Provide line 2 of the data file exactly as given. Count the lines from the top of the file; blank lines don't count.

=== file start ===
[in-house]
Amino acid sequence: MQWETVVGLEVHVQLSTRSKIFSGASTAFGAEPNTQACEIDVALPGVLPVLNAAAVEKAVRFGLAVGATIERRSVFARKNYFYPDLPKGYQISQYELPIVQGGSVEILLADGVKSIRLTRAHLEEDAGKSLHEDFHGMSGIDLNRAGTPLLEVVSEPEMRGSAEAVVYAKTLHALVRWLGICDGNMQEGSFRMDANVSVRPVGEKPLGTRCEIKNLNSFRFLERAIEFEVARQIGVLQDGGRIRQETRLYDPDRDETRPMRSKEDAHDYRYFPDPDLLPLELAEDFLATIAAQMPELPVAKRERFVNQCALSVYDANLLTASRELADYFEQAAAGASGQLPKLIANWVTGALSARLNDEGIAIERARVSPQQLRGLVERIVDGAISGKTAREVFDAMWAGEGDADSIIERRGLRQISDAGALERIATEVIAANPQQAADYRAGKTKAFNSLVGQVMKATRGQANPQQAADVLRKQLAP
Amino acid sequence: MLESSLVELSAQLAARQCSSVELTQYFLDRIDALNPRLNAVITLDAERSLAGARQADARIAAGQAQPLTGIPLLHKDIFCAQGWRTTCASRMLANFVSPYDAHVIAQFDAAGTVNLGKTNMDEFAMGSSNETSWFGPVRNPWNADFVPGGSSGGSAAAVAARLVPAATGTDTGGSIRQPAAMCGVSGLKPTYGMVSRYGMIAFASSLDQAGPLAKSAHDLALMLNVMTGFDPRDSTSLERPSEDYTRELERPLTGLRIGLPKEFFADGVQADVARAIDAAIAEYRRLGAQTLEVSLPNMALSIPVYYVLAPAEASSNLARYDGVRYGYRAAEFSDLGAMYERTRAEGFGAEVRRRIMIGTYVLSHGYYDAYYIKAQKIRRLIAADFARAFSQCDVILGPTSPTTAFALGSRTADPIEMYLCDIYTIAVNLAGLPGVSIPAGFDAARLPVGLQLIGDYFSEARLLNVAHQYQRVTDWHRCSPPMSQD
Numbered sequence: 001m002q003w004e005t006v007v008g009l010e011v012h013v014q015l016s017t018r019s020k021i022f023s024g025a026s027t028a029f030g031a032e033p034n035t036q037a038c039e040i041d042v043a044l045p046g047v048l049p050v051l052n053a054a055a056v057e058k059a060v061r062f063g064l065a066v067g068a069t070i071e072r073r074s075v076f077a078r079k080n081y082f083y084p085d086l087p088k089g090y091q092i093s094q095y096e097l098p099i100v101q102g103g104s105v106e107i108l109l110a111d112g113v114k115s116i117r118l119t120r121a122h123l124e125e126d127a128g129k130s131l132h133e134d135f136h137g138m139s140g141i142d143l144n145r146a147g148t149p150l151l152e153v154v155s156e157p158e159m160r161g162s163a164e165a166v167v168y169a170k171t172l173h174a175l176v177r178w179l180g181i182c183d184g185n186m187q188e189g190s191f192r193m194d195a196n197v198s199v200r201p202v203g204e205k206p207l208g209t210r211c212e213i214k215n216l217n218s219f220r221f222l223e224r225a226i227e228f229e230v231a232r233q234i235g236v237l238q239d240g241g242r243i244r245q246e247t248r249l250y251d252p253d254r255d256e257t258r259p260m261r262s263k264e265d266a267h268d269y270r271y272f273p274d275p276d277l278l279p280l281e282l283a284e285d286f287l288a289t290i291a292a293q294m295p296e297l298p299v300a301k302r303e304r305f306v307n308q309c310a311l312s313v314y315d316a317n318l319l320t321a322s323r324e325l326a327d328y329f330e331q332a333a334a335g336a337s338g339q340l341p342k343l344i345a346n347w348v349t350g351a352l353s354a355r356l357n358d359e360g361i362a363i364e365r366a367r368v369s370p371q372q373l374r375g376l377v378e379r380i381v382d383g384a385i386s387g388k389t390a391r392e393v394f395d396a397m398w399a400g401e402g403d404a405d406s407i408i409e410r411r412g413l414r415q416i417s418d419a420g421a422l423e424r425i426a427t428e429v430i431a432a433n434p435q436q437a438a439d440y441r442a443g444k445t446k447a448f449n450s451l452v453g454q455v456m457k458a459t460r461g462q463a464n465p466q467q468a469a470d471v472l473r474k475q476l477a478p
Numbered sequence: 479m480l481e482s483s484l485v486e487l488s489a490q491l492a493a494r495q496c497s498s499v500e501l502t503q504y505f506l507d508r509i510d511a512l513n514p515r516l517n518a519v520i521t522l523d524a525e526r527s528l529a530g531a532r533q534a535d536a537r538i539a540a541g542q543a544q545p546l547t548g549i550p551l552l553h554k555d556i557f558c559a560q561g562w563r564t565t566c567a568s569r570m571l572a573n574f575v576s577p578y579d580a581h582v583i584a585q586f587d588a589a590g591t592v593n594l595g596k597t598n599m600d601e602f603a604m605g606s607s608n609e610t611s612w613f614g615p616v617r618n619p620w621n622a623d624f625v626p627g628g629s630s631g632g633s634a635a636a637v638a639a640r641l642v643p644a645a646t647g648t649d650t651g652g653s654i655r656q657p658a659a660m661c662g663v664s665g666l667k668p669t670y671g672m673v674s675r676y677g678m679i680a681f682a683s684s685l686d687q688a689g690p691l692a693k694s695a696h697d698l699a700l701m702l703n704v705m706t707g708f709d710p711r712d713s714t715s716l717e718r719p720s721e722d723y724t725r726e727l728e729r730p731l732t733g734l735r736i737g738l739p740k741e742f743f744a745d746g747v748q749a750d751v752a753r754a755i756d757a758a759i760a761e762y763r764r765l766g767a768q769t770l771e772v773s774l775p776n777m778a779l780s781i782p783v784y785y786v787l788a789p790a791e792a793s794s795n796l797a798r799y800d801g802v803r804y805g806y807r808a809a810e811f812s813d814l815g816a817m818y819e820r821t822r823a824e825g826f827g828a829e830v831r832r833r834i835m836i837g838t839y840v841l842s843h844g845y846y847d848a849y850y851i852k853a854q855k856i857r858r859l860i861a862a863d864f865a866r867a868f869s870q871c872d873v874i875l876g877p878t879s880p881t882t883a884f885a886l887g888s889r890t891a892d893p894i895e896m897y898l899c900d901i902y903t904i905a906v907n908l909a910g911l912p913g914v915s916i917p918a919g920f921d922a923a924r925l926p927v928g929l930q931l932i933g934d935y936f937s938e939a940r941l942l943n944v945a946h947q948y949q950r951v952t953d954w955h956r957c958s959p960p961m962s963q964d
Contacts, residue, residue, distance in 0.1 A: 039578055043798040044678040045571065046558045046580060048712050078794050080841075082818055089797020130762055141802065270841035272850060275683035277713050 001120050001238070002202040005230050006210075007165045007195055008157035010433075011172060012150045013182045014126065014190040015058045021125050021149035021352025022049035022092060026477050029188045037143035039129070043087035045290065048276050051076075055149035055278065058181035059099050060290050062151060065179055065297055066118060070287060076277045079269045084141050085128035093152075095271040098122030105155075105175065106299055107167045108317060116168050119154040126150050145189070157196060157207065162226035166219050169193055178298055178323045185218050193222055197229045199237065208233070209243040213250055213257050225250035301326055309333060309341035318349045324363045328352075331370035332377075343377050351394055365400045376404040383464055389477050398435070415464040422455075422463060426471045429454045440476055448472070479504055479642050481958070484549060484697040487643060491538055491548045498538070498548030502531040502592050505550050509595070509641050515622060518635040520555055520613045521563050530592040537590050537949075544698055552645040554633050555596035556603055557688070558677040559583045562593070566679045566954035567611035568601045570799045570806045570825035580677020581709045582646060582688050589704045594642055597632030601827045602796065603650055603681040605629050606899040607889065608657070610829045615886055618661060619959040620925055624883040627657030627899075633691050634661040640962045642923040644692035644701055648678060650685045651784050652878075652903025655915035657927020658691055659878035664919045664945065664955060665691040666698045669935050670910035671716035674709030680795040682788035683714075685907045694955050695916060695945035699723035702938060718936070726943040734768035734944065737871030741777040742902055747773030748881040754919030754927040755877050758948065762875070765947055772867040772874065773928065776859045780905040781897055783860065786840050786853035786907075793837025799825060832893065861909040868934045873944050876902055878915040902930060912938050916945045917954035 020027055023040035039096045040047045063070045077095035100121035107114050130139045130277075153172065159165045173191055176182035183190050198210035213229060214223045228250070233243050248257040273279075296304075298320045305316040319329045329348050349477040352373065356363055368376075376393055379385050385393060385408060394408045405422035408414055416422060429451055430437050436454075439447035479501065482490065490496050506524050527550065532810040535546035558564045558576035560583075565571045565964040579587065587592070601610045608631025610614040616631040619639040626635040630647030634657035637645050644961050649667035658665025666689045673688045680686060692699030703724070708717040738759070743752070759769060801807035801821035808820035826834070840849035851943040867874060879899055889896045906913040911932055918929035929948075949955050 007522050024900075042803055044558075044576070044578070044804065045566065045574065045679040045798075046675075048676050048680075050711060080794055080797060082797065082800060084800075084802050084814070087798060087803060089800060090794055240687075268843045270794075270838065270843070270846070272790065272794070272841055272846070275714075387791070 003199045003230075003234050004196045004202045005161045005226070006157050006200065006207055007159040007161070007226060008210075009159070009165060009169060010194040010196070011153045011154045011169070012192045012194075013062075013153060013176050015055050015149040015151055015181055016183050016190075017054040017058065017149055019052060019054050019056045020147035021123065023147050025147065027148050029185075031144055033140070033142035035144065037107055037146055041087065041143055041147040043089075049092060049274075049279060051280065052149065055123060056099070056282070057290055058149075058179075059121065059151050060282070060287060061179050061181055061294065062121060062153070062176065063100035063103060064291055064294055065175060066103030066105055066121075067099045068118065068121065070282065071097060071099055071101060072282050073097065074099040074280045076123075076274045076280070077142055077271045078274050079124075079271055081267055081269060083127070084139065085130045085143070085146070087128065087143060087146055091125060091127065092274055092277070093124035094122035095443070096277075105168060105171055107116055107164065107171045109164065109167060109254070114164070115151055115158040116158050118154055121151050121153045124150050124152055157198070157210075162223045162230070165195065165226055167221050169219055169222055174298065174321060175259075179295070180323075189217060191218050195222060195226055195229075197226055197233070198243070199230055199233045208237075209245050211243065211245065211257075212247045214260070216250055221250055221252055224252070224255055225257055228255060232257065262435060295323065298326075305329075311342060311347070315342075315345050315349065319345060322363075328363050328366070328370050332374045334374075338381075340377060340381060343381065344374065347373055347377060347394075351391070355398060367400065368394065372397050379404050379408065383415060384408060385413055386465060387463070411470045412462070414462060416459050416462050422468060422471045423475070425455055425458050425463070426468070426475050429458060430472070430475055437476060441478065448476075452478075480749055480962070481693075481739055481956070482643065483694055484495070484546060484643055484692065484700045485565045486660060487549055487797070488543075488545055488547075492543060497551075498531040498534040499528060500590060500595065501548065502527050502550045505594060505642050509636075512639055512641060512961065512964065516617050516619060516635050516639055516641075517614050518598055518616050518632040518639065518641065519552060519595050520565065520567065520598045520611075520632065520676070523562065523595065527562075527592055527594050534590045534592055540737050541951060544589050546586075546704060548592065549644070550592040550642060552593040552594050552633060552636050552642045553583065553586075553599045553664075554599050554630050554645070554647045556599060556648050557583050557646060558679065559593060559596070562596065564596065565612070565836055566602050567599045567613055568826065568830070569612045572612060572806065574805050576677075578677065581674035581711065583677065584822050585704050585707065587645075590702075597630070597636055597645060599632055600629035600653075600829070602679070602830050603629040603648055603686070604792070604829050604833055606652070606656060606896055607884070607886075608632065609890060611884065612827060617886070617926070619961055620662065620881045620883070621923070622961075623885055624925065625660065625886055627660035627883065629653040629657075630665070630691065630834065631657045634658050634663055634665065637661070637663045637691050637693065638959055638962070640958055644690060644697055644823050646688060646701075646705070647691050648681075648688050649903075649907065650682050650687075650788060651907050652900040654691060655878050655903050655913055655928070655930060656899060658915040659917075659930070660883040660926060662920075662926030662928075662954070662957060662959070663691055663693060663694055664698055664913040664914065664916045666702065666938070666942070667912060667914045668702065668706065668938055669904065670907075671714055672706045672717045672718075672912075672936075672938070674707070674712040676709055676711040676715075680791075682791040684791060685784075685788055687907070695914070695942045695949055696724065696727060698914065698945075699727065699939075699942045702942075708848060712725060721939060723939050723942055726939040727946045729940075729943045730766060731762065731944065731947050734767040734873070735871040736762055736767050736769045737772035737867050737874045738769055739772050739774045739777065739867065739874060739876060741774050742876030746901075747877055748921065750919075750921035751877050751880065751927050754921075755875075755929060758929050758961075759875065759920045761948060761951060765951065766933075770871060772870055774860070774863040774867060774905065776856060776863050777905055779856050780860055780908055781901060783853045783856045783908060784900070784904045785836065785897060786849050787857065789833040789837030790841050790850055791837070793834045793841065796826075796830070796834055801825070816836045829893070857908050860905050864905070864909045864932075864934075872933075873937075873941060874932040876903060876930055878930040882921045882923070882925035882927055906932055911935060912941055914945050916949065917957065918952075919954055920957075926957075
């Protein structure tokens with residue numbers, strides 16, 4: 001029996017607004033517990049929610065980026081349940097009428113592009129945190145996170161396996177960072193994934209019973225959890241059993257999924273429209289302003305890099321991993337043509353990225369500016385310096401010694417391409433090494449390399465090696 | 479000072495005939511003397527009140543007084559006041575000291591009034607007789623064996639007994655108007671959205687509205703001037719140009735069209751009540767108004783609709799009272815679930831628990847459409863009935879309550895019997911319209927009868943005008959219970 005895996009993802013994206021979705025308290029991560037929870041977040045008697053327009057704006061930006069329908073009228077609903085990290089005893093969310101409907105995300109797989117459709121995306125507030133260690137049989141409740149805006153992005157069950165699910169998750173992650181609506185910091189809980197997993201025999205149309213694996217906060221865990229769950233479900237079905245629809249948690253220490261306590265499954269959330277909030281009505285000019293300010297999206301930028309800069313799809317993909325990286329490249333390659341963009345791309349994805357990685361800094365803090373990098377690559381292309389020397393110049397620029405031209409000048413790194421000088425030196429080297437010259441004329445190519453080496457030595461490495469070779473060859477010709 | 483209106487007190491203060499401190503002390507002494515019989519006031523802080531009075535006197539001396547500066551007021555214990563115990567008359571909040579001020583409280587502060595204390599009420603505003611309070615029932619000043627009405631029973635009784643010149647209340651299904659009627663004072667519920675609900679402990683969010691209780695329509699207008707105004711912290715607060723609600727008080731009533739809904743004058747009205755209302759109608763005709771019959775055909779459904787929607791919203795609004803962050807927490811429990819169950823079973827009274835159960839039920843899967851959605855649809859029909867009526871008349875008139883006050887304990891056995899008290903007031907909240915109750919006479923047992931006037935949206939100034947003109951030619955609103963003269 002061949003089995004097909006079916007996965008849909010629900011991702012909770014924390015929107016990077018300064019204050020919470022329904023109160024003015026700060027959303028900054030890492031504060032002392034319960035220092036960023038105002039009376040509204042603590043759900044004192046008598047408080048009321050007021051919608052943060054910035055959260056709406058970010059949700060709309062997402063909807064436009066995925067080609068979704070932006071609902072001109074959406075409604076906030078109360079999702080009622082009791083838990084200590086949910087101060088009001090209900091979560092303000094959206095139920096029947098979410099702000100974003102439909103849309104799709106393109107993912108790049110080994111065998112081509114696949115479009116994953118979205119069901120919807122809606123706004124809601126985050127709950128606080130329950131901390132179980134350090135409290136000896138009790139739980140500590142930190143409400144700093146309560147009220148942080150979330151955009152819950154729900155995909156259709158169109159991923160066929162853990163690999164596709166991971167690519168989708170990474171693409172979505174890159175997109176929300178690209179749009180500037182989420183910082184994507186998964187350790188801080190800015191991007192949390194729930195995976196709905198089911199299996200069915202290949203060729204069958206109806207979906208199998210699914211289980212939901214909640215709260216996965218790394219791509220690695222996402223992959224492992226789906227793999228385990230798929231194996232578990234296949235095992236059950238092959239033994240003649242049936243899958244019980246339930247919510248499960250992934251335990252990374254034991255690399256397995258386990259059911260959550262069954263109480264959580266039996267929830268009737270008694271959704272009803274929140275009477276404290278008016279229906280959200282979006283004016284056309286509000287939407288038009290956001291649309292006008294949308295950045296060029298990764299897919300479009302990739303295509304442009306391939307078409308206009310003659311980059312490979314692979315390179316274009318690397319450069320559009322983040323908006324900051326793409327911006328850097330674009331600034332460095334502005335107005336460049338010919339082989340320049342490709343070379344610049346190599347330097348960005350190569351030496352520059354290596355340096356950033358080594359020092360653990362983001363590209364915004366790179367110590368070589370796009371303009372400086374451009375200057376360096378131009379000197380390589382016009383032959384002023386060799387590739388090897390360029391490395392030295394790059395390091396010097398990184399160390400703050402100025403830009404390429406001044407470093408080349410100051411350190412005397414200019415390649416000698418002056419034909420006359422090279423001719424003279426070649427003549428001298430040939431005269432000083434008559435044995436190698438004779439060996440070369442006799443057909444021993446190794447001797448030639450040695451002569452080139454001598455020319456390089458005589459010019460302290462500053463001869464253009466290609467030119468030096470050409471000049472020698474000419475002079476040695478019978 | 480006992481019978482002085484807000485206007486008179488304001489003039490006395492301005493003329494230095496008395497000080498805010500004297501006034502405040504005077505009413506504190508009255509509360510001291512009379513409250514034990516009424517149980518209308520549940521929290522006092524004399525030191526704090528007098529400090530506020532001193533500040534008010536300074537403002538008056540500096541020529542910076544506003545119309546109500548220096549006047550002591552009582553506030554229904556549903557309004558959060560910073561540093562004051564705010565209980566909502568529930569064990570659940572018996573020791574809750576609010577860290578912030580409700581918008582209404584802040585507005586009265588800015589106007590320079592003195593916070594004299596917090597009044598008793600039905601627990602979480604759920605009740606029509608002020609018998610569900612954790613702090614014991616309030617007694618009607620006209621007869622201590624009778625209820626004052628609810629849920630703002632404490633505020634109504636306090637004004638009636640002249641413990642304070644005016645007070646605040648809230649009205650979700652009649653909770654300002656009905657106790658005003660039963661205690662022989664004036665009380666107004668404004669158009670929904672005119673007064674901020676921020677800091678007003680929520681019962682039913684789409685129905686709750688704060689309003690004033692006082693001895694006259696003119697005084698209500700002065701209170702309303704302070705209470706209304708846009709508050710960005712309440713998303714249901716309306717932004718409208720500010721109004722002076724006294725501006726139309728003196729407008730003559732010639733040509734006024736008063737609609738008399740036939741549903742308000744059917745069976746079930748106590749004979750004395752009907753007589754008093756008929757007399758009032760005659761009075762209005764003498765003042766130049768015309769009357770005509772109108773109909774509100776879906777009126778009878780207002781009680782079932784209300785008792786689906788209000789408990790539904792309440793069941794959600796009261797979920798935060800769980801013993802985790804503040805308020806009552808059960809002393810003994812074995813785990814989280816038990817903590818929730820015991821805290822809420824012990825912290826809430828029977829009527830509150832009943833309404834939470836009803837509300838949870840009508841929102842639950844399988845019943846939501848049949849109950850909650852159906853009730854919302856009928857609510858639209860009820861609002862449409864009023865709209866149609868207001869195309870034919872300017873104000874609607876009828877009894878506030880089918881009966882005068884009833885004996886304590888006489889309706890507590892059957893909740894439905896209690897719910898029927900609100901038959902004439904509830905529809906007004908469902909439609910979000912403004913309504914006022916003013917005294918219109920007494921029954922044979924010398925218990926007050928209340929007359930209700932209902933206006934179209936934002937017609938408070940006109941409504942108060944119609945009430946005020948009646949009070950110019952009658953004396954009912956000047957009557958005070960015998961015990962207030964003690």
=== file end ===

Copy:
Amino acid sequence: MQWETVVGLEVHVQLSTRSKIFSGASTAFGAEPNTQACEIDVALPGVLPVLNAAAVEKAVRFGLAVGATIERRSVFARKNYFYPDLPKGYQISQYELPIVQGGSVEILLADGVKSIRLTRAHLEEDAGKSLHEDFHGMSGIDLNRAGTPLLEVVSEPEMRGSAEAVVYAKTLHALVRWLGICDGNMQEGSFRMDANVSVRPVGEKPLGTRCEIKNLNSFRFLERAIEFEVARQIGVLQDGGRIRQETRLYDPDRDETRPMRSKEDAHDYRYFPDPDLLPLELAEDFLATIAAQMPELPVAKRERFVNQCALSVYDANLLTASRELADYFEQAAAGASGQLPKLIANWVTGALSARLNDEGIAIERARVSPQQLRGLVERIVDGAISGKTAREVFDAMWAGEGDADSIIERRGLRQISDAGALERIATEVIAANPQQAADYRAGKTKAFNSLVGQVMKATRGQANPQQAADVLRKQLAP